Cornelius Fichtner: Alright. One of your next upcoming speaking engagements is at the PMI Summit 2010 in Munich. And it is titled “Clever Achievement of Milestones”. Frankly, it sounds much better in the German original. Now, that Clever Achievement of Milestones doing it cleverly, it sounds completely right up your alley, is that so?
Peter Taylor: Yeah, definitely. I was really looking forward to this one. Because for whatever reason, the Lazy Project Manager is very popular in Germany which is great. This title, as you say, “The Clever Achievement of Milestones,” it is the essence of what I talk about which is achieving those milestones in the most effective manner. It’s working smarter, not necessarily harder. I’m just looking forward to it. I think it’s going to be right on tune with everything else that goes on in that conference.
Cornelius Fichtner: When exactly are you going to be speaking and what will you be talking about?
Peter Taylor: Well, I’m speaking, it’s on the 15th of November this year in Munich and I will be speaking about the art of productive laziness.
Cornelius Fichtner: And what will people learn from the keynote?
Peter Taylor: What I’m trying to convey to people is the essence of the approach, how to be a little bit more lazy in what they do. So I’ll be touching on some of the topics that are actually in the conference itself with a little bit of agile working, how the PMO can help. I’m also be picking up on the…fill out the key themes of the Lazy Project Manager, which is the foundations of the project, how to work smart at the early part of the project to give a good foundation to be successful, what to do in the middle when you’re hopefully being a lazy project manager, the sitting back in the comfy chair a little bit, and certainly what to do at the end of a project about the whole process of lessons learned and the huge value there is in that activity.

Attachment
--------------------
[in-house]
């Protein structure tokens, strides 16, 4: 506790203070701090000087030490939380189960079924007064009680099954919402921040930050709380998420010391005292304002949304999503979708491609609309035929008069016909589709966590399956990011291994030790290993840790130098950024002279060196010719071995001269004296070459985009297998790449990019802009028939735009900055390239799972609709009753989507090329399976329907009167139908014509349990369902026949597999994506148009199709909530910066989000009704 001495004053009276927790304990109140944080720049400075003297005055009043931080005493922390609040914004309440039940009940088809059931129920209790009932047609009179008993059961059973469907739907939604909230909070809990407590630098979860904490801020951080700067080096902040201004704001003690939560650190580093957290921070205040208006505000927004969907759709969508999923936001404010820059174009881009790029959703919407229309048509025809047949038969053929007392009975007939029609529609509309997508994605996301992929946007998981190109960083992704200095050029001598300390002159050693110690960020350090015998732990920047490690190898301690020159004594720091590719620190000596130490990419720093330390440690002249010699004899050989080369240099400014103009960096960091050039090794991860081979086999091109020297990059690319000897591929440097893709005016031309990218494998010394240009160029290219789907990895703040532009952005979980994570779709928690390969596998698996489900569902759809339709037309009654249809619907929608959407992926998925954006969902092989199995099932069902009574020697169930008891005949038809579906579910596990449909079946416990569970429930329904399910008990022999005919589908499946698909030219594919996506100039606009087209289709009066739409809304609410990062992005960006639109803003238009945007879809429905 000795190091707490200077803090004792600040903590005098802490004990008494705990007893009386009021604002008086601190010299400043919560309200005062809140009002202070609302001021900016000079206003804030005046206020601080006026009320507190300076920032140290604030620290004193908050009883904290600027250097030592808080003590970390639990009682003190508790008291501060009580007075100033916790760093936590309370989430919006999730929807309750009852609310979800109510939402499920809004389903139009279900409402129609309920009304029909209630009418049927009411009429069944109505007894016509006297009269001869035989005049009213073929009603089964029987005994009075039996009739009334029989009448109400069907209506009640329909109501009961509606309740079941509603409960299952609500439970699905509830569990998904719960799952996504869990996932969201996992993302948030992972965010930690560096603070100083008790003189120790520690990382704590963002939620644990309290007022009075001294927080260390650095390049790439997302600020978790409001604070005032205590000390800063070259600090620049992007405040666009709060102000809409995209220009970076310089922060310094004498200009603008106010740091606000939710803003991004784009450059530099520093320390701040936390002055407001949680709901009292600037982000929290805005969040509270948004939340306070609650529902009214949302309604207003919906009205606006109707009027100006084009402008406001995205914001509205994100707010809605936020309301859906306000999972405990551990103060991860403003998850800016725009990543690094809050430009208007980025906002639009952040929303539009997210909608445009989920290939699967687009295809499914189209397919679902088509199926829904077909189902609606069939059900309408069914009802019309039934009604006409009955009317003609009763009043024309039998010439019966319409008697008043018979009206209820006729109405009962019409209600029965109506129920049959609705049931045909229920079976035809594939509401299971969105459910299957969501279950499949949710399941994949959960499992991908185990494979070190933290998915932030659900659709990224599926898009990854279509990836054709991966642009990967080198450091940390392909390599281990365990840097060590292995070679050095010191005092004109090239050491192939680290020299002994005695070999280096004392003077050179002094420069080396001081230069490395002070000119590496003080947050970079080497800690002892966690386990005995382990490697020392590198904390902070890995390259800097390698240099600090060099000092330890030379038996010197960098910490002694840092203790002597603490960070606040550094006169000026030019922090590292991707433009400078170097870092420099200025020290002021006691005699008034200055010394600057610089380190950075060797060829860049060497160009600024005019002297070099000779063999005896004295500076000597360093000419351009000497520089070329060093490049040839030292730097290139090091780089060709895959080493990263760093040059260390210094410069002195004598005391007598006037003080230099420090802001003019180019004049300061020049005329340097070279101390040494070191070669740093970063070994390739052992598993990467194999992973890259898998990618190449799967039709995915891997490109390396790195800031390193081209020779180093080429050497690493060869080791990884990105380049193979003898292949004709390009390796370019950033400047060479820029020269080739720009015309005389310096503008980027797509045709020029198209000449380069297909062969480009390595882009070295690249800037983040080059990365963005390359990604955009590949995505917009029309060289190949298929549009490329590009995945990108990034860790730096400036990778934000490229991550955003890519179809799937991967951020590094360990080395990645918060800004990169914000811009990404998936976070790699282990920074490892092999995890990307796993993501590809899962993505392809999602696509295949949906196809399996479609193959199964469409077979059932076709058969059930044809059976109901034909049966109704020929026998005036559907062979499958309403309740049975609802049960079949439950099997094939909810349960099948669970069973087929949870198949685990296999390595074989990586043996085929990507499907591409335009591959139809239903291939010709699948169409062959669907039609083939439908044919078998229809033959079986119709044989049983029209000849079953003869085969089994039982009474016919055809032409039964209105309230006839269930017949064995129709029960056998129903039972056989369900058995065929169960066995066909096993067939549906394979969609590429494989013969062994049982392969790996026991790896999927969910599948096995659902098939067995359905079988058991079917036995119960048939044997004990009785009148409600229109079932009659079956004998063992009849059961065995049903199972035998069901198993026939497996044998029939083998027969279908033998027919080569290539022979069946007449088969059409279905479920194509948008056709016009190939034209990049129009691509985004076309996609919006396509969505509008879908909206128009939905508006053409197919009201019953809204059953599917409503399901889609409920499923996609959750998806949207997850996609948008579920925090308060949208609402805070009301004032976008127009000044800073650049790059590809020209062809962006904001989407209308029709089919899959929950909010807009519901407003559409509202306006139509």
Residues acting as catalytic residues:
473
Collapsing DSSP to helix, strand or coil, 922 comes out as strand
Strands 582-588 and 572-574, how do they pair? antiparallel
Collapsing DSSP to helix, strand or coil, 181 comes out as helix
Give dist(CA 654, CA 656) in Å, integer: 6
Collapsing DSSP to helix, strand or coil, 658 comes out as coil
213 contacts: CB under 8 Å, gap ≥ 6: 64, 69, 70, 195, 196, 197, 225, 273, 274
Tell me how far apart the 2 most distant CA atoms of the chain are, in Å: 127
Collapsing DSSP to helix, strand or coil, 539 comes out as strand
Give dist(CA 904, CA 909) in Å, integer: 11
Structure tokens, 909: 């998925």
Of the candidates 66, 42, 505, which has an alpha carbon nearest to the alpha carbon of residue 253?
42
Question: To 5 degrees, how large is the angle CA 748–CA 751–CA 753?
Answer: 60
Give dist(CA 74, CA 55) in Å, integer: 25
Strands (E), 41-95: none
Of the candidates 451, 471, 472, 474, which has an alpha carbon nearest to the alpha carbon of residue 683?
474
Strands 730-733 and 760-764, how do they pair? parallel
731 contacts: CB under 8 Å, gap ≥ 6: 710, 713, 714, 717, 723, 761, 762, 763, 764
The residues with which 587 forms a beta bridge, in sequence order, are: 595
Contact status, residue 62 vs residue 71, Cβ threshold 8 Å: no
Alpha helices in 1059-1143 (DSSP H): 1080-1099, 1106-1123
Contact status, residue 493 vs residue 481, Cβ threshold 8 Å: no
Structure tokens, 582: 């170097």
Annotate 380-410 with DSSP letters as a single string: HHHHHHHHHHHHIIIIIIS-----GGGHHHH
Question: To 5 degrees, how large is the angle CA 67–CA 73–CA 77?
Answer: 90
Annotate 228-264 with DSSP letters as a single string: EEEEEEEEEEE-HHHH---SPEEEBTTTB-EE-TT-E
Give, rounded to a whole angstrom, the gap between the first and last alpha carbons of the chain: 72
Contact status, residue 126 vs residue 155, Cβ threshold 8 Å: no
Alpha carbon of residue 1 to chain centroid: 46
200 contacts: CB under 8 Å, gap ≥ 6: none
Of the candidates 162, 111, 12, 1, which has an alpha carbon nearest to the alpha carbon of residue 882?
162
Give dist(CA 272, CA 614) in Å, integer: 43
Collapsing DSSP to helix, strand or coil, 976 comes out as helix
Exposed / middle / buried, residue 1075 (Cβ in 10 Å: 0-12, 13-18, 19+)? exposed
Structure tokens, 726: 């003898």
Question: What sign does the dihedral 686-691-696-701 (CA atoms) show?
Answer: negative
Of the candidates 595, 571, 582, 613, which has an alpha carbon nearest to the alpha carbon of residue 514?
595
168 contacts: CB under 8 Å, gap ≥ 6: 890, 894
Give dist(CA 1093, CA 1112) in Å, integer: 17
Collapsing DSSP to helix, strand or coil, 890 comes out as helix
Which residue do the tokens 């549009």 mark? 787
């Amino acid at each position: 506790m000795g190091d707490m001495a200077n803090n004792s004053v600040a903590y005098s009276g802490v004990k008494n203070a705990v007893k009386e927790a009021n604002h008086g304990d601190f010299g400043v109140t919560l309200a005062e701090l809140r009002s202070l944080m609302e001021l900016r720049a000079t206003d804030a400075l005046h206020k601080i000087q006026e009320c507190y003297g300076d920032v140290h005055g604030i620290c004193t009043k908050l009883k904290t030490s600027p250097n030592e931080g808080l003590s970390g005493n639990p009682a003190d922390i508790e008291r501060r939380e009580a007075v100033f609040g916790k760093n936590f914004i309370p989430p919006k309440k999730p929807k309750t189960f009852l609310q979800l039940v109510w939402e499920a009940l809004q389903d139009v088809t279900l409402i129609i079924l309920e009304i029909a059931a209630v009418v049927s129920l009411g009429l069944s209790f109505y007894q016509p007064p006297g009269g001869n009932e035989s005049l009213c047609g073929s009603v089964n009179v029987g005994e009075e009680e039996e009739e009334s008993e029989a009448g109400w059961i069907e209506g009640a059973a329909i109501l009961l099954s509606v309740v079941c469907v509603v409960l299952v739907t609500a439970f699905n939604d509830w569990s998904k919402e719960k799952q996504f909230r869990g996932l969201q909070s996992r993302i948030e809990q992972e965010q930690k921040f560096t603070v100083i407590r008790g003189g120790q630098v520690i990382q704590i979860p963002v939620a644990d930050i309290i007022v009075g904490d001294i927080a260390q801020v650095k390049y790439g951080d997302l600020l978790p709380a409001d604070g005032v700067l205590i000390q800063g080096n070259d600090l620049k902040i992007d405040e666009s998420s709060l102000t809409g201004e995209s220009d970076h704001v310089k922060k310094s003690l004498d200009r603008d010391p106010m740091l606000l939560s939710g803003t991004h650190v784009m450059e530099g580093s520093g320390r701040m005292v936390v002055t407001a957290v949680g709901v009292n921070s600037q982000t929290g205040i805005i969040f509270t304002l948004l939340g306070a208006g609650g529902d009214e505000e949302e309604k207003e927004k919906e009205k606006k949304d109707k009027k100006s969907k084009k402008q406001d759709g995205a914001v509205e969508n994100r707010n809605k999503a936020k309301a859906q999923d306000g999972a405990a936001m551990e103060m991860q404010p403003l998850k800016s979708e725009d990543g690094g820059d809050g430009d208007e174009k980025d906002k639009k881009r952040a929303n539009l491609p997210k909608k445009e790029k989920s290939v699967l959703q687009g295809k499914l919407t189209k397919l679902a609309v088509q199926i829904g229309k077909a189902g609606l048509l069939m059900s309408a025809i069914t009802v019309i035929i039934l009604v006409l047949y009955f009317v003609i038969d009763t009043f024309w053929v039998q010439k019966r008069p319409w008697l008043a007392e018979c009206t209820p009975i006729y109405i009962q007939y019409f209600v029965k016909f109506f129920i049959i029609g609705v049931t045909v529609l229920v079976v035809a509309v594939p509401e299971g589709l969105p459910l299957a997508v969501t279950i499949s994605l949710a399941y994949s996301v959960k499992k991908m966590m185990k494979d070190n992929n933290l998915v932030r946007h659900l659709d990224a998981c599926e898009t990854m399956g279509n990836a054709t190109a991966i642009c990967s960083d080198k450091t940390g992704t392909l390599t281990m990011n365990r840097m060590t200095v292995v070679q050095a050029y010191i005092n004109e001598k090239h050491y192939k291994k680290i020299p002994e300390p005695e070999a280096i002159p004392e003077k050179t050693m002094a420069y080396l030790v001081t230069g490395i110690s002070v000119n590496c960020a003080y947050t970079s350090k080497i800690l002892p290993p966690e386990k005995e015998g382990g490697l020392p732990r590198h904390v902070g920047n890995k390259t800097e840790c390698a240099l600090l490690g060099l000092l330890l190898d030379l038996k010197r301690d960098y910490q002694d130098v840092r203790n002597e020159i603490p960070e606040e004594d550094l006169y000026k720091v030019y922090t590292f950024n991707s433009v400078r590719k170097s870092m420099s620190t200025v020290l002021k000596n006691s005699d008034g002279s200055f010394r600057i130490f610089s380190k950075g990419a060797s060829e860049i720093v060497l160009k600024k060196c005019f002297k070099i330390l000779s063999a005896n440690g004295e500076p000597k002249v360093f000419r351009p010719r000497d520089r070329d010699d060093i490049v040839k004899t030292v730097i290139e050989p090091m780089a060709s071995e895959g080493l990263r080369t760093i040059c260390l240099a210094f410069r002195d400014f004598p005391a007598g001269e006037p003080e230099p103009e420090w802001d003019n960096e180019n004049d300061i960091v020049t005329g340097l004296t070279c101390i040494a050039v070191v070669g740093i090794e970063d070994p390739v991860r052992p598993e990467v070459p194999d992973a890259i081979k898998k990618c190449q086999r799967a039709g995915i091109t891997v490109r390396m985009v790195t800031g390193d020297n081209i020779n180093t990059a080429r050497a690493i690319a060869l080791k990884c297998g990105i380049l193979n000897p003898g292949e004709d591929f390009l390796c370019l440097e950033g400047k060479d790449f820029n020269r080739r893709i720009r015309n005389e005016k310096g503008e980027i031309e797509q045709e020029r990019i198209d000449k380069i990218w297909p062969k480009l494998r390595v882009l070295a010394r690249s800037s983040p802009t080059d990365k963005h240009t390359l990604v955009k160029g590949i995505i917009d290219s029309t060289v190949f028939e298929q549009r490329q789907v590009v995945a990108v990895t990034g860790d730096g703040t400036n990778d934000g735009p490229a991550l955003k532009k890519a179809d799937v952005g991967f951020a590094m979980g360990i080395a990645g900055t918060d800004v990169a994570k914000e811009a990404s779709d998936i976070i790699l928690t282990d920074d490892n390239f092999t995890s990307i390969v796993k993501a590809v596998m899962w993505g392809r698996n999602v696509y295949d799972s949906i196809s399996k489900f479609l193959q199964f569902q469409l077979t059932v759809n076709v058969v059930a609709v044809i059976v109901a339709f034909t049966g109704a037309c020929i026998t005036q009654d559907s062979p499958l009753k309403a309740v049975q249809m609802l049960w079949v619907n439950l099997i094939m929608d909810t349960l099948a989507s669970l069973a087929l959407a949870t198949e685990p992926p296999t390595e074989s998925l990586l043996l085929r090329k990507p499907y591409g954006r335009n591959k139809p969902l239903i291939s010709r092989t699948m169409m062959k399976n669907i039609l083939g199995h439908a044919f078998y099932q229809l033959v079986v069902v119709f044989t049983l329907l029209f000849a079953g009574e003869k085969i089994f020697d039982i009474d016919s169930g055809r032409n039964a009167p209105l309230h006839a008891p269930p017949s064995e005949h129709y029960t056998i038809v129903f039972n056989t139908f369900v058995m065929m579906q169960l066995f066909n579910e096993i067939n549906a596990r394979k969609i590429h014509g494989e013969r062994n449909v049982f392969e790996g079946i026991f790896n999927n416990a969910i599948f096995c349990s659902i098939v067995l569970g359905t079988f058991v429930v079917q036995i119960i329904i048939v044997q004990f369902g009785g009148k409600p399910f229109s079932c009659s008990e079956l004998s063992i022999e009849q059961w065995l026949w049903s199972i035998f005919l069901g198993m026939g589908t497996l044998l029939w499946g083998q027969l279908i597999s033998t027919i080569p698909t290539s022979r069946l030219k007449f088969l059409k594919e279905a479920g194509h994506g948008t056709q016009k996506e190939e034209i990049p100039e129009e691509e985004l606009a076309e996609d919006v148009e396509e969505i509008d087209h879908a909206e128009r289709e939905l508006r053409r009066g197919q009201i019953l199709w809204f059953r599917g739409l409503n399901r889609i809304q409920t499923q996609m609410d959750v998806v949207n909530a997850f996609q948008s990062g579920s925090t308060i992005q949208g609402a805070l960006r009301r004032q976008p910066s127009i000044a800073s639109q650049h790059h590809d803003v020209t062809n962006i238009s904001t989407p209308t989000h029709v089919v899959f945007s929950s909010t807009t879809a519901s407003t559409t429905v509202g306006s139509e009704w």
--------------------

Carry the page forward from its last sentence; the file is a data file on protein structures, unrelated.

Cornelius Fichtner: Okay. We don’t want to giveaway your PM-Summit 2010 keynote presentation here. That’s why we are going to concentrate the rest of our discussion here on Lazy Project Communications is what I’ve titled it. So let me start with this question here: Communication – Communication is one of the most important activities that we have on a project. If you forget to communicate one key point to your team members, you might be out of luck with the complete project. So how can we possibly be lazy in how we communicate?
Peter Taylor: You’re absolutely right! If you do fail to communicate that one key point, you can be in trouble. Now, depending what you rate; it’s anything from 70-80% perhaps more of a project manager’s time is actually spent in some form of communication, right. So what a great place to try and be more productively lazy.
So I’m not saying that you should do bad communication. I’m just saying, you perhaps can do less communication but you can do it in a more effective way. It’s just that it’s putting in the right effort in the right area and you need to communicate those key points for sure but there’s a whole bunch of communication that isn’t critical to the projects and could perhaps be done in certain different way in the more some nice way.
Cornelius Fichtner: Let’s take a look at this through your book, the Lazy Project Manager, because in this you offer some quick tips. And one of them reads as follows: “Avoid communication breakdown through an open and honest, effective communication process that suits each individual.” This doesn’t sound really lazy at all. Once again, this sounds like a lot of work, right? So let’s take a look at how exactly you do this. How do you personally create this kind of process in a productively lazy way?